For members


French expression of the day: Rien n’est joué

Politics, sports and even issuing a warning to the kids - this is handy French expression when things are uncertain.

French expression of the day: Rien n'est joué
Photo: Annie Spratt/Unsplash/Nicolas Raymond

Why do I need to know Rien n’est joué?

Because you’re going to hear it a lot over the next two weeks. 

What does it mean? 

Rien n’est joué, pronounced ree-en nay joo-ay, literally translates as ‘nothing is played’ but it means ‘nothing is decided’, ‘nothing is guaranteed’ or ‘nothing is set in stone’.

It’s become almost an unofficial catchphrase of Emmanuel Macron’s team, as he faces what is expected to be a very close second round contest with far-right rival Marine Le Pen.

They are using it as a rallying call in a bid to get supporting voters to the polls on April 24th and ensure their candidate wins a second term in office.

It’s not just a political term though, it’s a handy catch-all when your sports team has just fallen behind with 15 minutes to go, or you’re trying to work out permutations for the end-of-season run-in.

Or, you can use it on your children if they are getting on your nerves ahead of a special treat.

Use it like this

Rien est joué et tout reste à faire – Nothing is decided and there’s everything to play for

Rien n’est joué, ne ménageons pas nos efforts d’ici le 24 avril – Nothing is guaranteed, let’s not spare our efforts between now and April 24th

Member comments

Log in here to leave a comment.
Become a Member to leave a comment.
For members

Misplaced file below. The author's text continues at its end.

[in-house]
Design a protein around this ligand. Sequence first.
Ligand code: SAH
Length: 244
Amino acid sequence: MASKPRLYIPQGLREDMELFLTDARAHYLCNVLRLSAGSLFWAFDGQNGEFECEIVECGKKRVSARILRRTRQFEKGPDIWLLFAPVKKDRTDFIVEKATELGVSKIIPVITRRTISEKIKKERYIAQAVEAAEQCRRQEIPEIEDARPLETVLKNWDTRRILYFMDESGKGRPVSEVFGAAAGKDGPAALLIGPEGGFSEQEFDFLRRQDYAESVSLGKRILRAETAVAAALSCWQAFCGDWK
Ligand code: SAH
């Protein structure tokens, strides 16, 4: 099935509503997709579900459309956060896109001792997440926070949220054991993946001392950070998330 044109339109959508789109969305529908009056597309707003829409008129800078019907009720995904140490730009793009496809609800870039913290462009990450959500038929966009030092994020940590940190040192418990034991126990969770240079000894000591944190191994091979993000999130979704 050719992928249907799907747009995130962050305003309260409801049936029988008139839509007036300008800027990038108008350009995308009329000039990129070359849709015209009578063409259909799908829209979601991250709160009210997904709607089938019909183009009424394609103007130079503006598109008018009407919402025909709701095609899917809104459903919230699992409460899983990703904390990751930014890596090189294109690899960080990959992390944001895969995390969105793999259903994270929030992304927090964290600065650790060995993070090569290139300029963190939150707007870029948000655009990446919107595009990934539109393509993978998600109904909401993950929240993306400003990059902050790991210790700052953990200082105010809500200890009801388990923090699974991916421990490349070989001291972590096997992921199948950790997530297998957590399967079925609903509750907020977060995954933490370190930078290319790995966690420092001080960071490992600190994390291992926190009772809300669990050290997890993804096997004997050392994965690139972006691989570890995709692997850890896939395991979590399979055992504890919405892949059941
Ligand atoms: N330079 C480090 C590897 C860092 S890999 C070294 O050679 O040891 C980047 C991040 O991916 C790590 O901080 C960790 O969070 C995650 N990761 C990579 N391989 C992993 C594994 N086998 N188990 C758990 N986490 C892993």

French Expression of the Day: Chercher midi à quatorze heures

This expression doesn't actually have much to do with lunchtime.

French Expression of the Day: Chercher midi à quatorze heures

Why do I need to know chercher midi à quatorze heures?

Because when someone makes what should take fifteen minutes into an hour-long effort, you might want an appropriate phase.

What does it mean?

Chercher midi à quatorze heures – usually pronounced share-shay-mid-ee-ah-cat-orz-ur – literally means “to look for noon at 2 pm.” When taken literally, the expression does not make much sense. However, in practice, it means “to make a simple thing overly complicated.” It is basically the French equivalent of “don’t make a mountain out of a molehill.”

The expression is quite old, but it is still in use…though it might be more common to find it spoken in the countryside rather than on Twitter.

It was first used as early as the 16th century – the version then was “to look for noon at eleven.” As time went on, it changed to reflect its current form in the 17th century. 

As noon is an important marker for the middle of the day, particularly as l’heure de déjeuner (lunch time), the expression makes fun of making something overly difficult. 

You’ll most likely hear this in the negative command form – as it is something you should probably avoid doing.

Use it like this

Pourquoi avoir pris la route la plus longue pour aller au supermarché ? Ne cherchez pas midi à quatorze heures. – Why take the longest route to get to the supermarket? Don’t overcomplicate things.

Tu n’as pas besoin d’essayer toutes les lettres de l’alphabet pour trouver le Wordle. C’est mieux de penser à des mots simples. Ne cherche pas midi à quatorze heures. – You don’t need to try every letter in the alphabet to get the Wordle. Just think of simple words. Don’t over complicate it.